Dump the user definition into a file:

tctl get user/joe > joe.yaml

Prints the trusted cluster 'east'

tctl get cluster/east

Prints all trusted clusters and all users

tctl get clusters,users

Dump all resources for backup into state.yaml

tctl get all > state.yaml

tctl status

Report cluster status:

tctl status

Examples

Checks status of cluster.

tctl status Cluster grav-00 User CA never updated Host CA never updated CA

pin sha256:1146cdd2b887772dcc2e879232c8f60012a839f7958724ce5744005474b15b9d

Checks remote auth status using exported identity.

tctl status \ --auth-server=192.168.99.102:3025 \ --identity=identity.pem

tctl alerts create

Creates cluster alerts. Cluster alerts can be displayed to Teleport users in the web UI or upon logging via tsh.

tctl alerts create [<flags>] <message>

Arguments

  • <message>: The message for the alert to display

Flags

NameDefault Value(s)Allowed Value(s)Description
--severitylowlow, medium, highAlert severity
--ttlnoneAny durationOptional expiry for alert (alert does not expire if no TTL is specified)
--labelsnoneanyA list of labels to attach to the alert.

While any labels can be applied to an alert, there are several internal labels that can be used to configure the behavior of alerts:

  • teleport.internal/alert-on-login: yes: ensures that the alert is displayed to users upon login
  • teleport.internal/alert-permit-all: yes: ensures that the alert is displayed to all users

If no labels are specified, tctl will automatically add both of these labels.

Examples

tctl alerts create \ --severity=low \ --ttl=4h \ "The system is under maintenance, functionality may be limited."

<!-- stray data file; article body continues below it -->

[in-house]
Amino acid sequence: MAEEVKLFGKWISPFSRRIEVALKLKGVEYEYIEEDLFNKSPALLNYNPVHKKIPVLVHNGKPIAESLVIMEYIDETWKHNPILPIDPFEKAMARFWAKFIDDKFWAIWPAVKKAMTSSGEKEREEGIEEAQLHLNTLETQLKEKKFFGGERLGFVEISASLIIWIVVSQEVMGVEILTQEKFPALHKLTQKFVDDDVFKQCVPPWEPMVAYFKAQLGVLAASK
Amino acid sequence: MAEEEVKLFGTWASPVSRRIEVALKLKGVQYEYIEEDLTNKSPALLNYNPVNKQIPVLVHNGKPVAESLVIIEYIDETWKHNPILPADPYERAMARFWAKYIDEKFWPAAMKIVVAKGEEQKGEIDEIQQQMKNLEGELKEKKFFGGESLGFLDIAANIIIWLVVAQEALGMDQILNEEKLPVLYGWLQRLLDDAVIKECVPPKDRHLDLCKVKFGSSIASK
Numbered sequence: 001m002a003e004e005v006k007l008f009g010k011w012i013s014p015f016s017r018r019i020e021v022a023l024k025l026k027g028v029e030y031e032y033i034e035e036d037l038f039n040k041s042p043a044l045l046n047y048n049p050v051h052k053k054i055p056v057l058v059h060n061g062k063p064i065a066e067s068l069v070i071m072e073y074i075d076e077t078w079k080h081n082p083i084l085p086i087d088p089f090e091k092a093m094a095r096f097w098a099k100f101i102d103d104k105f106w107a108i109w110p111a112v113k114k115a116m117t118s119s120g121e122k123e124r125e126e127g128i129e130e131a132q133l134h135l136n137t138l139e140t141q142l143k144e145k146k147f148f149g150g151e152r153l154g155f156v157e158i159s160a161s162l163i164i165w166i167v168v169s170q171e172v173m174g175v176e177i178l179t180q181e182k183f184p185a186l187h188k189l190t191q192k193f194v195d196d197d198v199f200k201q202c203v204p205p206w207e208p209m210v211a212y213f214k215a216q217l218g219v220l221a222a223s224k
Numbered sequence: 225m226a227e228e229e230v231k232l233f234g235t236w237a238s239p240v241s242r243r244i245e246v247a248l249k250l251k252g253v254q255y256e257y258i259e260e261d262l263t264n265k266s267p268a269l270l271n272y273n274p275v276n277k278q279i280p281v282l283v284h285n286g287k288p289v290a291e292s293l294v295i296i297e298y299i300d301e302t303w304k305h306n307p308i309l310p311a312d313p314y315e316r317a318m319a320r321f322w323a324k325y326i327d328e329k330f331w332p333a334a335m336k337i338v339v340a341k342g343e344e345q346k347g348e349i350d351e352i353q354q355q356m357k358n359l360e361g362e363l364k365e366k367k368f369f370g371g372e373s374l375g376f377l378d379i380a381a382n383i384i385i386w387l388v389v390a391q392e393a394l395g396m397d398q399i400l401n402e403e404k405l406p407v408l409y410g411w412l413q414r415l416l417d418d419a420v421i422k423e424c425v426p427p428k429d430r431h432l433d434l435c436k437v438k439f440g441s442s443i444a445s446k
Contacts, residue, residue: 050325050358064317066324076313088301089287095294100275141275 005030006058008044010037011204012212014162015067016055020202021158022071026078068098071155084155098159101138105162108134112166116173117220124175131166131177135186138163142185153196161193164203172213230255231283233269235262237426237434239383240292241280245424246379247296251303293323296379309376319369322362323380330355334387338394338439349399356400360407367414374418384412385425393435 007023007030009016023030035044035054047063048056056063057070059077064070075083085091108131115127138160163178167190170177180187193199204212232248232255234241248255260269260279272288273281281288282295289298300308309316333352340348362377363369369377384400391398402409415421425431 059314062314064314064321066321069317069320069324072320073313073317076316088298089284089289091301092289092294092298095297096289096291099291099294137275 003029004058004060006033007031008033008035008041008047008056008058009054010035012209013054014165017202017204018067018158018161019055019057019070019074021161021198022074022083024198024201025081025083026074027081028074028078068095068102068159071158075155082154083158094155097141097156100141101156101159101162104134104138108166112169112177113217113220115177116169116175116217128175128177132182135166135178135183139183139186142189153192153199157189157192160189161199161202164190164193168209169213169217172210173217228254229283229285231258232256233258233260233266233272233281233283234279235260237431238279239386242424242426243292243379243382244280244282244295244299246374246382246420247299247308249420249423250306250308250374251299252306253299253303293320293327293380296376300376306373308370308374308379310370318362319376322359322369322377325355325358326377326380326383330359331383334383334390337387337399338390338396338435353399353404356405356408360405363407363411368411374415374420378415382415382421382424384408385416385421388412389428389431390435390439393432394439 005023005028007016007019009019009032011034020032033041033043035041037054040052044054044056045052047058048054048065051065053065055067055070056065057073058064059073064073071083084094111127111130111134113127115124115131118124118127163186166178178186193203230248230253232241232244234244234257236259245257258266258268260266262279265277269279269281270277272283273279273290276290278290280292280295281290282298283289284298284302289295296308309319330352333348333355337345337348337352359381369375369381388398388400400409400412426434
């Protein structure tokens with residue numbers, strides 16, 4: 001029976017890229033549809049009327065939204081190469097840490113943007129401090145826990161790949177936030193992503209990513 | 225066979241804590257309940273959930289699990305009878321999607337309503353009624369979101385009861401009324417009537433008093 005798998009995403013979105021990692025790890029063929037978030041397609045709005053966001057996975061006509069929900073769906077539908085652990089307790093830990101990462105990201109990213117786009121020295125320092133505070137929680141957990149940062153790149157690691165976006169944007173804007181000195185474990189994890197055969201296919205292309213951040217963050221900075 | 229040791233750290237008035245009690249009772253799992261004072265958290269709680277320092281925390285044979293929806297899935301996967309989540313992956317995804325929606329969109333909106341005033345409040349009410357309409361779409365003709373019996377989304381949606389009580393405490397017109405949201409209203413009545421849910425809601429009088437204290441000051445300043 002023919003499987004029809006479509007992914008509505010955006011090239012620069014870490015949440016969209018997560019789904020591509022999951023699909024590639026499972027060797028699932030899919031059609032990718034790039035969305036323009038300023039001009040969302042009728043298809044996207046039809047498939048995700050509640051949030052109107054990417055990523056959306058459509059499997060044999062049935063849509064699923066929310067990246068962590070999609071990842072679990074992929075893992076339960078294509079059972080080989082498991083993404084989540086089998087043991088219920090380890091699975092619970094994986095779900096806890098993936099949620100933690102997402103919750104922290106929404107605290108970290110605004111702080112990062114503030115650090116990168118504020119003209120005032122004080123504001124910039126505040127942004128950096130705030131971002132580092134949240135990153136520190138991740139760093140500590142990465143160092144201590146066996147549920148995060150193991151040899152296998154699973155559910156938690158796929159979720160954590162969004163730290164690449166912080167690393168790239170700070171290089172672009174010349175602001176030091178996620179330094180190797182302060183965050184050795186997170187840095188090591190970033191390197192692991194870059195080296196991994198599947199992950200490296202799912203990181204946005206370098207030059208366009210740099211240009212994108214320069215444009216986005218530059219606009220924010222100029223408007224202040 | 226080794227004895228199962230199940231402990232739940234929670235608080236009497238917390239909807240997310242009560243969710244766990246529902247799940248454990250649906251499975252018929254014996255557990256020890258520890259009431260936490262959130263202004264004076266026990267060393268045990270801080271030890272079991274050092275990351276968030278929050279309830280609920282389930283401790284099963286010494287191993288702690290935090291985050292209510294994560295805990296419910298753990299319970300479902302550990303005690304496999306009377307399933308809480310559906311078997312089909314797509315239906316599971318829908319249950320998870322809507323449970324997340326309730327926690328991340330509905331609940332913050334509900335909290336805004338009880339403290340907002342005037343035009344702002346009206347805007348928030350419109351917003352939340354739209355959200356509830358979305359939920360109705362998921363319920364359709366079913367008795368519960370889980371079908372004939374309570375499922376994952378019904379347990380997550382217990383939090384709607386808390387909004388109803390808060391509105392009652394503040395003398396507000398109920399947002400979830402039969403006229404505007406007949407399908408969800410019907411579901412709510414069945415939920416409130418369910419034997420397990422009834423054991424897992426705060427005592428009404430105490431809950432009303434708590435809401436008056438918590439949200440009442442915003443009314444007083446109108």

tctl top

Reports diagnostic information.

The diagnostic metrics endpoint must be enabled with teleport start --diag-addr=<bind-addr> for tctl top to work.

tctl top [<diag-addr>] [<refresh>]

Argument

  • [<diag-addr>] Diagnostic HTTP URL (HTTPS not supported)
  • [<refresh>] Refresh period e.g. 5s, 2m, or 3h

Example

sudo teleport start --diag-addr=127.0.0.1:3000

View stats with a refresh period of 5 seconds

tctl top http://127.0.0.1:3000 5s

tctl version

Print the version of your tctl binary:

tctl version

Resource filtering

Both tsh and tctl allow you to filter nodes, apps, db, and kube resources using the --search and --query flags.

The --search flag performs a simple fuzzy search on resource fields. For example, --search=mac searches for resources containing mac.

The --query flag allows you to perform more sophisticated searches using a predicate language.

In both cases, you can further refine the results by appending a list of comma-separated labels to the command. For example:

tsh ls --search=foo,bar labelKey1=labelValue1,labelKey2=labelValue2

Filter Examples

List all nodes

tsh ls

List nodes using label argument

tsh ls env=staging,os=mac

List nodes using search keywords

tsh ls --search=staging,mac

List nodes using predicate language. This query searches for nodes with labels

with key `env` equal to `staging` and key `os` equal to `mac`.

tsh ls --query='labels["env"] == "staging" && equals(labels["os"], "mac")'

tbot

tbot is a CLI tool used with Machine ID that programatically issues and renews short-lived certificates to any service account (e.g, a CI/CD server).

The primary commands for tbot are as follows:

CommandDescription
tbot helpOutputs guidance for using commands with tbot.
tbot versionOutputs the current version of the tbot binary.
tbot configureOutputs a basic Machine ID client configuration file to be adjusted as needed.
tbot startStarts the Machine ID client tbot, fetching and writing certificates to disk at a set interval.
tbot initInitialize a certificate destination directory for writes from a separate bot user, configuring either file or POSIX ACL permissions.
tbot dbConnects to databases using native clients and queries database information. Functions as a wrapper for tsh, and requires tsh installation.
tbot proxyAllows for access to Teleport resources on a cluster using TLS routing. Functions as a wrapper for tsh, and requires tsh installation.

tbot start

Starts the Machine ID client tbot, fetching and writing certificates to disk at a set interval.

Flags

FlagDescription
-d/--debugEnable verbose logging to stderr.
-c/--configPath to a Machine ID configuration file.